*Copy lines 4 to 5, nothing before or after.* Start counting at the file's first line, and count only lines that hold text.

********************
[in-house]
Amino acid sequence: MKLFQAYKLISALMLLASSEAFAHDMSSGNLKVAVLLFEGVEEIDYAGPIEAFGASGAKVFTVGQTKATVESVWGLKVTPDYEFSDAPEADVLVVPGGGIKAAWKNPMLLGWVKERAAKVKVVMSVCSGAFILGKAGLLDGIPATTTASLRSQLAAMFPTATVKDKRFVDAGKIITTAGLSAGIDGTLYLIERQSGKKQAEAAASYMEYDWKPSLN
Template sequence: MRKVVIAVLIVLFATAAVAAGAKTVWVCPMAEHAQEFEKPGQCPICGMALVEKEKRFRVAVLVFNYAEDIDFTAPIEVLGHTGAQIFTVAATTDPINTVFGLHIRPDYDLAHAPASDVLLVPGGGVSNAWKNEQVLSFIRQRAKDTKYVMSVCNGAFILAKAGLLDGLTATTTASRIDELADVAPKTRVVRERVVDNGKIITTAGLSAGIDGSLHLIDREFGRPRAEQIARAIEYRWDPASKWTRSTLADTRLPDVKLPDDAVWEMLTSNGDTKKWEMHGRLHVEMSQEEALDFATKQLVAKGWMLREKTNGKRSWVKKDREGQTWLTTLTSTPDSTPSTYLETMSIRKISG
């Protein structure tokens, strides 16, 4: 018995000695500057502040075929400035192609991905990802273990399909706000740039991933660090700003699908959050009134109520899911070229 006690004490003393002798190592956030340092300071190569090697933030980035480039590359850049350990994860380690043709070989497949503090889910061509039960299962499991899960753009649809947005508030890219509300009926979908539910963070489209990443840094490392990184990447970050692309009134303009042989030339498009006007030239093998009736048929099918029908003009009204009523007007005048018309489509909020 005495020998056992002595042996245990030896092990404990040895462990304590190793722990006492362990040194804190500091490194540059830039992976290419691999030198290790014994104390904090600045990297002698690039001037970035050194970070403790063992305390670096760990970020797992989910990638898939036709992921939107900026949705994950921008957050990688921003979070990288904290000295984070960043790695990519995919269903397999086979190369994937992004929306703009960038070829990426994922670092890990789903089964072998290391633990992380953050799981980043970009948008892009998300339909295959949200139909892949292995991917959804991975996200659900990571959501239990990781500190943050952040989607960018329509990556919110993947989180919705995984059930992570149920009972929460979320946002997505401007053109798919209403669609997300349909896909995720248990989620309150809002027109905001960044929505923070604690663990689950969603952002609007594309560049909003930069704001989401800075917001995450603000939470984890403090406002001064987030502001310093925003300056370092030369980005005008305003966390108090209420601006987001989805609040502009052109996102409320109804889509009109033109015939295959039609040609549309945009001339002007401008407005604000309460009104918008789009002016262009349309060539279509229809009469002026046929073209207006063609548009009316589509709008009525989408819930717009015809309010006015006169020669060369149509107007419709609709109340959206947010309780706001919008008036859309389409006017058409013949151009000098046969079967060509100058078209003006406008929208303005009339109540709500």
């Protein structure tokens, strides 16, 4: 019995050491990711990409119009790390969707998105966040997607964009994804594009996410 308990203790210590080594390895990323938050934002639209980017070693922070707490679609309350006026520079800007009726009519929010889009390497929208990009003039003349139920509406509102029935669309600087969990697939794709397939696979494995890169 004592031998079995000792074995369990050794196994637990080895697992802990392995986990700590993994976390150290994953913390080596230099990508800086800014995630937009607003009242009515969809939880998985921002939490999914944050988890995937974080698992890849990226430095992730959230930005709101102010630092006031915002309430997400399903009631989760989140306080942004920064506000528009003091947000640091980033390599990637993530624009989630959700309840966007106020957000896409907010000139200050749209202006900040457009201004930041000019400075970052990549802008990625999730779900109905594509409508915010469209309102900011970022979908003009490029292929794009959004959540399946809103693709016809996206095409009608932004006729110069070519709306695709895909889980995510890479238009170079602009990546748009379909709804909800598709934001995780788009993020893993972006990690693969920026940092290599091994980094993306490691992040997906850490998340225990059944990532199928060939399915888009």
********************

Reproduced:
């Protein structure tokens, strides 16, 4: 018995000695500057502040075929400035192609991905990802273990399909706000740039991933660090700003699908959050009134109520899911070229 006690004490003393002798190592956030340092300071190569090697933030980035480039590359850049350990994860380690043709070989497949503090889910061509039960299962499991899960753009649809947005508030890219509300009926979908539910963070489209990443840094490392990184990447970050692309009134303009042989030339498009006007030239093998009736048929099918029908003009009204009523007007005048018309489509909020 005495020998056992002595042996245990030896092990404990040895462990304590190793722990006492362990040194804190500091490194540059830039992976290419691999030198290790014994104390904090600045990297002698690039001037970035050194970070403790063992305390670096760990970020797992989910990638898939036709992921939107900026949705994950921008957050990688921003979070990288904290000295984070960043790695990519995919269903397999086979190369994937992004929306703009960038070829990426994922670092890990789903089964072998290391633990992380953050799981980043970009948008892009998300339909295959949200139909892949292995991917959804991975996200659900990571959501239990990781500190943050952040989607960018329509990556919110993947989180919705995984059930992570149920009972929460979320946002997505401007053109798919209403669609997300349909896909995720248990989620309150809002027109905001960044929505923070604690663990689950969603952002609007594309560049909003930069704001989401800075917001995450603000939470984890403090406002001064987030502001310093925003300056370092030369980005005008305003966390108090209420601006987001989805609040502009052109996102409320109804889509009109033109015939295959039609040609549309945009001339002007401008407005604000309460009104918008789009002016262009349309060539279509229809009469002026046929073209207006063609548009009316589509709008009525989408819930717009015809309010006015006169020669060369149509107007419709609709109340959206947010309780706001919008008036859309389409006017058409013949151009000098046969079967060509100058078209003006406008929208303005009339109540709500």
């Protein structure tokens, strides 16, 4: 019995050491990711990409119009790390969707998105966040997607964009994804594009996410 308990203790210590080594390895990323938050934002639209980017070693922070707490679609309350006026520079800007009726009519929010889009390497929208990009003039003349139920509406509102029935669309600087969990697939794709397939696979494995890169 004592031998079995000792074995369990050794196994637990080895697992802990392995986990700590993994976390150290994953913390080596230099990508800086800014995630937009607003009242009515969809939880998985921002939490999914944050988890995937974080698992890849990226430095992730959230930005709101102010630092006031915002309430997400399903009631989760989140306080942004920064506000528009003091947000640091980033390599990637993530624009989630959700309840966007106020957000896409907010000139200050749209202006900040457009201004930041000019400075970052990549802008990625999730779900109905594509409508915010469209309102900011970022979908003009490029292929794009959004959540399946809103693709016809996206095409009608932004006729110069070519709306695709895909889980995510890479238009170079602009990546748009379909709804909800598709934001995780788009993020893993972006990690693969920026940092290599091994980094993306490691992040997906850490998340225990059944990532199928060939399915888009």